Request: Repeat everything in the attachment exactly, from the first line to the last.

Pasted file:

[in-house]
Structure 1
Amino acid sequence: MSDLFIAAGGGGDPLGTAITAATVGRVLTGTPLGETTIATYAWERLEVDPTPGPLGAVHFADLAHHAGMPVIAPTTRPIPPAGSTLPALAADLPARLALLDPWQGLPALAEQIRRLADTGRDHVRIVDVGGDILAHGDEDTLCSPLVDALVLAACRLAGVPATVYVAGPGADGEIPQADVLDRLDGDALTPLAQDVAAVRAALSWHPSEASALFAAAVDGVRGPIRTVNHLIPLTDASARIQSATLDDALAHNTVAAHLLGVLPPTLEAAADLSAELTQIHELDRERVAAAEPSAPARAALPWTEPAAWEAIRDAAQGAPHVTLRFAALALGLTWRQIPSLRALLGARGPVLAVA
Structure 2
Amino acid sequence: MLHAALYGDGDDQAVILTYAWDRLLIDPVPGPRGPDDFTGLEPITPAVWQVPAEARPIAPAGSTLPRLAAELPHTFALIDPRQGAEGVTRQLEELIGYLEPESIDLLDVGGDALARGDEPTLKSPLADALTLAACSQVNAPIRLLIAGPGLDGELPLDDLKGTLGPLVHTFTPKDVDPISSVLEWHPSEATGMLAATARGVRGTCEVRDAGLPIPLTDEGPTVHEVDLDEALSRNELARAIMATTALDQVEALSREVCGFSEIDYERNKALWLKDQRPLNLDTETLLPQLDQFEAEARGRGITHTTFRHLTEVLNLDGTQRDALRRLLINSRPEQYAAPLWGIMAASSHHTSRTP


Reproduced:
[in-house]
Structure 1
Amino acid sequence: MSDLFIAAGGGGDPLGTAITAATVGRVLTGTPLGETTIATYAWERLEVDPTPGPLGAVHFADLAHHAGMPVIAPTTRPIPPAGSTLPALAADLPARLALLDPWQGLPALAEQIRRLADTGRDHVRIVDVGGDILAHGDEDTLCSPLVDALVLAACRLAGVPATVYVAGPGADGEIPQADVLDRLDGDALTPLAQDVAAVRAALSWHPSEASALFAAAVDGVRGPIRTVNHLIPLTDASARIQSATLDDALAHNTVAAHLLGVLPPTLEAAADLSAELTQIHELDRERVAAAEPSAPARAALPWTEPAAWEAIRDAAQGAPHVTLRFAALALGLTWRQIPSLRALLGARGPVLAVA
Structure 2
Amino acid sequence: MLHAALYGDGDDQAVILTYAWDRLLIDPVPGPRGPDDFTGLEPITPAVWQVPAEARPIAPAGSTLPRLAAELPHTFALIDPRQGAEGVTRQLEELIGYLEPESIDLLDVGGDALARGDEPTLKSPLADALTLAACSQVNAPIRLLIAGPGLDGELPLDDLKGTLGPLVHTFTPKDVDPISSVLEWHPSEATGMLAATARGVRGTCEVRDAGLPIPLTDEGPTVHEVDLDEALSRNELARAIMATTALDQVEALSREVCGFSEIDYERNKALWLKDQRPLNLDTETLLPQLDQFEAEARGRGITHTTFRHLTEVLNLDGTQRDALRRLLINSRPEQYAAPLWGIMAASSHHTSRTP